JEWISH MEN PRAY: Words of Yearning, Praise, Petition, Gratitude and Wonder from Traditional and Contemporary Sources, edited by Rabbi Kerry M. Olitzky and Stuart M. Matlins with the foreword by Rabbi Bradley Shavit Artson, DHL, was recently published by Jewish Lights (Woodstock, VT). This publication provides an innovative new way to help men enhance their spiritual life.
Isn’t the siddur primarily a book of prayers by men? But what about praying outside the box—outside the synagogue and the traditional prayer service? Spontaneous prayer can be the key to a real connection with God and a way to help Jewish men better navigate their way in the real world.
“We prepared this book to help men establish or cultivate a life of prayer, because we believe that prayer is a primary vehicle to access the Divine, to establish and maintain a relationship with that which is beyond the self, with all that is holy,” write Rabbi Kerry M. Olitzky and Stuart M. Matlins in JEWISH MEN PRAY: Words of Yearning, Praise, Petition, Gratitude and Wonder from Traditional and Contemporary Sources (Jewish Lights / June 2013 / Hardcover / $19.99). “And we are fearful that a life that is enriched by prayer—and the divine relationship that is presumed by it—may be slipping from the grasp of many.”
This collection of prayers celebrates the variety of ways today’s Jewish men engage in personal dialogue with God—with words of praise, petition, joy, gratitude, wonder, and even anger—from the ancient world up to our own day.Drawn from mystical, traditional, biblical, Talmudic, Hasidic and modern sources, these prayers will provide a powerful and creative expression of Jewish men’s inner lives, and the always revealing, sometimes painful, sometimes joyous—and often even practical—practice that prayer can be. JEWISH MEN PRAY will challenge preconceived ideas about prayer and will inspire men to explore new ways of prayerful expression, new paths for finding the sacred in the ordinary and new possibilities for understanding the Jewish relationship with the Divine.
About the Editors:
Rabbi Kerry M. Olitzky, named one of the fifty leading rabbis in North America by Newsweek, is executive director of the Jewish Outreach Institute. He is author of many books on Jewish spirituality, healing and Jewish religious practice, including Life’s Daily Blessings: Inspiring Reflections on Gratitude and Joy for Every Day, Based on Jewish Wisdom.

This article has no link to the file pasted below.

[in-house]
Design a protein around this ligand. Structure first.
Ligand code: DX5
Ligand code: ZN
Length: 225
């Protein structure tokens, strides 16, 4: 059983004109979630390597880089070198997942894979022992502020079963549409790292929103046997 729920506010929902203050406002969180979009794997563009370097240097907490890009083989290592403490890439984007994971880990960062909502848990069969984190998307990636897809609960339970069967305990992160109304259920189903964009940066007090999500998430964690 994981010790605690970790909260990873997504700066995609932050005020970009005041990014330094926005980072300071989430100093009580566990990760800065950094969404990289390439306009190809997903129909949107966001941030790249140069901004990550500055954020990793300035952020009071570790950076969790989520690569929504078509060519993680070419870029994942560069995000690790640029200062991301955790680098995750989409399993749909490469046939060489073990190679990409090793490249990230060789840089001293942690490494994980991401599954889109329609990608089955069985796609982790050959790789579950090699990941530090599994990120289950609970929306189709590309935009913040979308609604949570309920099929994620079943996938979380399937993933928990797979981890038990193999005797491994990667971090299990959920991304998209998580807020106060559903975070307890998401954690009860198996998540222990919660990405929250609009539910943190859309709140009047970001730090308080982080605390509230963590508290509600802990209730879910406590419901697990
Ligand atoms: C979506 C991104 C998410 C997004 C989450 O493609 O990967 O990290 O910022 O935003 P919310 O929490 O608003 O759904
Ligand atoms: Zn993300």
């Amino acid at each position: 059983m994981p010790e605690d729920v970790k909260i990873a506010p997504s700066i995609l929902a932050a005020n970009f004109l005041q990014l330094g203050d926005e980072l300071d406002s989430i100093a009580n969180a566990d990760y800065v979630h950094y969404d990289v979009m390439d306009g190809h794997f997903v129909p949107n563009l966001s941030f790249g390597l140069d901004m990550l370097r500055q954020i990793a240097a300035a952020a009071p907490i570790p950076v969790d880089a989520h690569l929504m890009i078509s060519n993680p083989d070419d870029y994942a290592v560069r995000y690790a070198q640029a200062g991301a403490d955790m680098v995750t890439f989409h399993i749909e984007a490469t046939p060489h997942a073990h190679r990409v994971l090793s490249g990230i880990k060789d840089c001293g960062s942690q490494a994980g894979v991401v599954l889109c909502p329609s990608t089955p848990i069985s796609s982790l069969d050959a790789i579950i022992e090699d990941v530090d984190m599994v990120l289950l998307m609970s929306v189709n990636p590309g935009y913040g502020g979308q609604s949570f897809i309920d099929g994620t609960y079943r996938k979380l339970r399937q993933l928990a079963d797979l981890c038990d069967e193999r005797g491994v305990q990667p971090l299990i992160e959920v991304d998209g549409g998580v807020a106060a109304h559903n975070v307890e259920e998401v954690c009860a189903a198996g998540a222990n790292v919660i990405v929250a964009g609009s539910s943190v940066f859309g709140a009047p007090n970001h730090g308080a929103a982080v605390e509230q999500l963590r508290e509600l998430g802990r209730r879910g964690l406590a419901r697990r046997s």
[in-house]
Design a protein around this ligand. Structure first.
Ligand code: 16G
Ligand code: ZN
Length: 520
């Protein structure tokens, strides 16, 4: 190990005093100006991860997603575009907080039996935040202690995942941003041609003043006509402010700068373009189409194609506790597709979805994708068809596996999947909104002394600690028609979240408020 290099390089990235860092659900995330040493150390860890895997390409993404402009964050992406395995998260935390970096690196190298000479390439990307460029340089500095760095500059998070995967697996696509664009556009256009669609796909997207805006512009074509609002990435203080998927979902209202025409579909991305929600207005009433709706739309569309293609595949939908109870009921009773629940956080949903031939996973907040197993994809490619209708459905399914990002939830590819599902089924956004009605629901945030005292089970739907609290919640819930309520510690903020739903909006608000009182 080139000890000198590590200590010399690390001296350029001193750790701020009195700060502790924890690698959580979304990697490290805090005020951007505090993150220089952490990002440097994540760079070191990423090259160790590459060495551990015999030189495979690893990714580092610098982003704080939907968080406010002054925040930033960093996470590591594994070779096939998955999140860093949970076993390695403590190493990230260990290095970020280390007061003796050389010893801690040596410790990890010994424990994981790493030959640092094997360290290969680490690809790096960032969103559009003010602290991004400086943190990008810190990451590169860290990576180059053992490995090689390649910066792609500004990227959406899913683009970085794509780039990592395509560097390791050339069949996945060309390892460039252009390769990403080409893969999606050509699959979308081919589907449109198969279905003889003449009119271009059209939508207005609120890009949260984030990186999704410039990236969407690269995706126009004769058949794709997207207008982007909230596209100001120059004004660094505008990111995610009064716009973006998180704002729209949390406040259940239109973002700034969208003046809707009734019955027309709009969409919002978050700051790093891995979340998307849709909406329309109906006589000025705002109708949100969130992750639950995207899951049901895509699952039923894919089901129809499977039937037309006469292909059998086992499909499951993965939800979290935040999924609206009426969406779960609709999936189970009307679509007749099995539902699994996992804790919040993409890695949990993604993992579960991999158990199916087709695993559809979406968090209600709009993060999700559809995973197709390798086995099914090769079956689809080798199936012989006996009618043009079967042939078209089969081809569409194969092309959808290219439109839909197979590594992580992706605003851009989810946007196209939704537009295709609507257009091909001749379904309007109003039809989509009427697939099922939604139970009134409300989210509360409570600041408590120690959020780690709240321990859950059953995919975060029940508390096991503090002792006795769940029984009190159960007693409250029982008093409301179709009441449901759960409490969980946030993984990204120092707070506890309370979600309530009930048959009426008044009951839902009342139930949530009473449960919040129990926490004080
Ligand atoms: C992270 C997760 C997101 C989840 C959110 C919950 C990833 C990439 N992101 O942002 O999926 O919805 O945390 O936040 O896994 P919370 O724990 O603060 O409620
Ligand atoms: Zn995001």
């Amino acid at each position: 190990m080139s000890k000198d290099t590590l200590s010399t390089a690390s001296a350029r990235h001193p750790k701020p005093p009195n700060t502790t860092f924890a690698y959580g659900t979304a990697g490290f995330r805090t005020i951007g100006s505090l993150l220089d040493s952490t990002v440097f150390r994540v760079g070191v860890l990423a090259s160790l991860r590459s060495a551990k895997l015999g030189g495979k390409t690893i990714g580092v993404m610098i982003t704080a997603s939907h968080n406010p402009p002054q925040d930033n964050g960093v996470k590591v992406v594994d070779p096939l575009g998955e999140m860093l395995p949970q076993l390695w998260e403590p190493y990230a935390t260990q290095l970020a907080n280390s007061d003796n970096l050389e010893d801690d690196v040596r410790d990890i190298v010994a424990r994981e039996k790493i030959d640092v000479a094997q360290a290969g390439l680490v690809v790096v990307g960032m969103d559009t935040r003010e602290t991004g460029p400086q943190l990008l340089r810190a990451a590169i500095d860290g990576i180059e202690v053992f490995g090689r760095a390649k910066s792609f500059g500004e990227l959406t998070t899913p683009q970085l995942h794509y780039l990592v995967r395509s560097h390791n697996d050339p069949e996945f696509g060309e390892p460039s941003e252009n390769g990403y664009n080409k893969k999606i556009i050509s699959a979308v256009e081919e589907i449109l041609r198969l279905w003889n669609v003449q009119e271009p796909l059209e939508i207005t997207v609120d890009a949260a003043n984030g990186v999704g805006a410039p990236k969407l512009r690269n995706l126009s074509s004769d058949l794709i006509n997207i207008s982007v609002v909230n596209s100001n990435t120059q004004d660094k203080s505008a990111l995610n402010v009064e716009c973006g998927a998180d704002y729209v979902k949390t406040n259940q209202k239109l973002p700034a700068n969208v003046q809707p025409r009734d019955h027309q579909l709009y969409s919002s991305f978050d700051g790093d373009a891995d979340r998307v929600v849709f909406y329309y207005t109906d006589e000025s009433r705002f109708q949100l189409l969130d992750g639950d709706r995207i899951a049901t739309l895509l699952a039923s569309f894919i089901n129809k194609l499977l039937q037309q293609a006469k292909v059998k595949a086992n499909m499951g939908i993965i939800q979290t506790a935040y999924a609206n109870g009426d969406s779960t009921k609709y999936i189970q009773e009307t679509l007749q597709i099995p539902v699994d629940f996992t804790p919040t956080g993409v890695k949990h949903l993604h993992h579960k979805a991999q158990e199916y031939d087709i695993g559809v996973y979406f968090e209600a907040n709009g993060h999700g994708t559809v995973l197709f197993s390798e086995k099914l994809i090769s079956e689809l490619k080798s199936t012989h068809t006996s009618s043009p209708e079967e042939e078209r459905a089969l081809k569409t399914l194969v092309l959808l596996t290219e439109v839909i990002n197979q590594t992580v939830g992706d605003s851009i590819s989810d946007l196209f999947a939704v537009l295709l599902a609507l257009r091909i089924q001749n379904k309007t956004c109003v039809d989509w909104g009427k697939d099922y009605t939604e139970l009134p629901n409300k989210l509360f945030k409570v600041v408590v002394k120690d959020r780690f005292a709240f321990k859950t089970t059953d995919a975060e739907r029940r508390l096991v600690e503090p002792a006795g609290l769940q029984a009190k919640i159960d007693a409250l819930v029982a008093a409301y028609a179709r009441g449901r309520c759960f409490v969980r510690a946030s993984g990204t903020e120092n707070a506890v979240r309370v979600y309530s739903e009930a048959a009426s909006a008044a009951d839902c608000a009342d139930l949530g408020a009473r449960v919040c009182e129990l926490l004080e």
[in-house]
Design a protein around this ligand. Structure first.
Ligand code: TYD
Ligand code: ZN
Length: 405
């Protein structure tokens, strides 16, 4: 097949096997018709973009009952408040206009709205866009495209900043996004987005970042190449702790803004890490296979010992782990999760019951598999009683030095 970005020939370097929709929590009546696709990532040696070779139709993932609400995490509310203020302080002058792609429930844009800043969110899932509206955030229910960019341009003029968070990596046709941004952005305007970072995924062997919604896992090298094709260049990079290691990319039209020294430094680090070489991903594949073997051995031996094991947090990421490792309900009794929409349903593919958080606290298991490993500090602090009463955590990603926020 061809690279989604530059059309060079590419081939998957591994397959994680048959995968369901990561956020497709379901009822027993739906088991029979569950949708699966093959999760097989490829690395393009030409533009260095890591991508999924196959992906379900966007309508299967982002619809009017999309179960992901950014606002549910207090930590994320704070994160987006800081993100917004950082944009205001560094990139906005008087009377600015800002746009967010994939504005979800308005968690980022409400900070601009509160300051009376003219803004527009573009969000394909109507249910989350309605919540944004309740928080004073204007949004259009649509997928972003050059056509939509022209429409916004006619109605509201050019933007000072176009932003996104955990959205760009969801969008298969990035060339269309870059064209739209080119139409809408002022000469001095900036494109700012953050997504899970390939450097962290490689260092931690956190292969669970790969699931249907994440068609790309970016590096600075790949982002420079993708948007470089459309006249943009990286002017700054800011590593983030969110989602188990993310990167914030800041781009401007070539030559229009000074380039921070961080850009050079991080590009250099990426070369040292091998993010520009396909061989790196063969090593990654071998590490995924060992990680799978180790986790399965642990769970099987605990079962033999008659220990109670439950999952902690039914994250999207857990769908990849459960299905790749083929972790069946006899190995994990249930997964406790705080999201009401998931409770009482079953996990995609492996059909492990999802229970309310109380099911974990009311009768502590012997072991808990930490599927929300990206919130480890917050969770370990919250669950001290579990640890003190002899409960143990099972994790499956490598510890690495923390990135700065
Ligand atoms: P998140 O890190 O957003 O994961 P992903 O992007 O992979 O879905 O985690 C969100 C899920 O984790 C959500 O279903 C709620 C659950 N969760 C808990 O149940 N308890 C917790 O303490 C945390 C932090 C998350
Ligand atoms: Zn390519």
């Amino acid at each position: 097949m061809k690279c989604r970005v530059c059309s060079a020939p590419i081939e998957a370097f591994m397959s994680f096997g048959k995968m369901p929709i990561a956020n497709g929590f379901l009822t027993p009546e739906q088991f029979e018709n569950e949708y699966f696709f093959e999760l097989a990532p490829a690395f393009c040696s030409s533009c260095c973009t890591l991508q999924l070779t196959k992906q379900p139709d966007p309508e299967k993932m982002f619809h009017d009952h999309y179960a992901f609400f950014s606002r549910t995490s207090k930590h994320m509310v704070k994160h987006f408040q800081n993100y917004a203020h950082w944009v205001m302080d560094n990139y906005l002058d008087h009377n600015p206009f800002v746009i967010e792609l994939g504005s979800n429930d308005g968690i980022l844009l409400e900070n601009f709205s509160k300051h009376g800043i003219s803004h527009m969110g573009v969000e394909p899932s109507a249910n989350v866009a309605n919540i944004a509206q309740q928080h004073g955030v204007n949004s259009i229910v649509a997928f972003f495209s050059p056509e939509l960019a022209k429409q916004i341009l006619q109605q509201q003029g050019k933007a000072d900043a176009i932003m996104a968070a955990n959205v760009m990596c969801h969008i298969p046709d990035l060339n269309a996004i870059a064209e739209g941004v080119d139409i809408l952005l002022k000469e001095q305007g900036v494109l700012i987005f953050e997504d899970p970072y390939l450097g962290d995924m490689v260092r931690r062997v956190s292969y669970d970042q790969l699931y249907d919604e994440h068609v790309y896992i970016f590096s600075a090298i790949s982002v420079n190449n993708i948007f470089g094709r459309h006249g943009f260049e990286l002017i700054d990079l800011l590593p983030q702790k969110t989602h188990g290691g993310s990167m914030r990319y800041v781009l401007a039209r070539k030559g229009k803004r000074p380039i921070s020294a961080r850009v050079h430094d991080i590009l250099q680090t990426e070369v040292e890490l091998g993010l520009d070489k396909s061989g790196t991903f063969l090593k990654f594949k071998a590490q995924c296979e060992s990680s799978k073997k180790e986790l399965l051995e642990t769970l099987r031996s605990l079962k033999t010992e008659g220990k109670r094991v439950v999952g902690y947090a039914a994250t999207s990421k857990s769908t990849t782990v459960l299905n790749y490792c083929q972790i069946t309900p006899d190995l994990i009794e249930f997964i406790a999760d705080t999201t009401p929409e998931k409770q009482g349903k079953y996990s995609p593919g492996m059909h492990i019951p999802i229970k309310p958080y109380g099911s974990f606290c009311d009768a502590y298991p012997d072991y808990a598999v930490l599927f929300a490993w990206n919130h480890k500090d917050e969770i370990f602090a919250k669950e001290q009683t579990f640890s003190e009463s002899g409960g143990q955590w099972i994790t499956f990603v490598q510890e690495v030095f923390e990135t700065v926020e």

Stuart M. Matlinsis widely recognized as a leader in the spiritual transformation of Judaism in our time. Recipient of the American Jewish Distinguished Service Award, he is founder, editor in chief and publisher of Jewish Lights Publishing. He is the editor of several anthologies, including the best-selling How to Be a Perfect Stranger: The Essential Religious Etiquette Handbook and The Jewish Lights Spirituality Handbook: A Guide to Understanding, Exploring & Living a Spiritual Life.
About the Foreword Writer:
Rabbi Bradley Shavit Artson, DHL, holds the Abner and Roslyn Goldstine Dean’s Chair of the Ziegler School of Rabbinic Studies and is vice president of American Jewish University in Los Angeles. He is the author of many inspiring books, including Passing Life’s Tests: Spiritual Reflections on the Trial of Abraham, the Binding of Isaac.
Founded in 1875, Hebrew Union College-Jewish Institute of Religion is North America's first institution of higher Jewish education and the academic, spiritual, and professional leadership development center of Reform Judaism. HUC-JIR educates men and women for service to North American and world Jewry as rabbis, cantors, educators, and nonprofit management professionals, and offers graduate programs to scholars and clergy of all faiths. With centers of learning in Cincinnati, Jerusalem, Los Angeles, and New York, HUC-JIR's scholarly resources comprise the renowned Klau Library, the American Jewish Archives, research institutes and centers, and academic publications. In partnership with the Union for Reform Judaism and the Central Conference of American Rabbis, HUC-JIR sustains the Reform Movement's congregations and professional and lay leaders. HUC-JIR's campuses invite the community to cultural and educational programs illuminating Jewish heritage and fostering interfaith and multiethnic understanding. www.huc.edu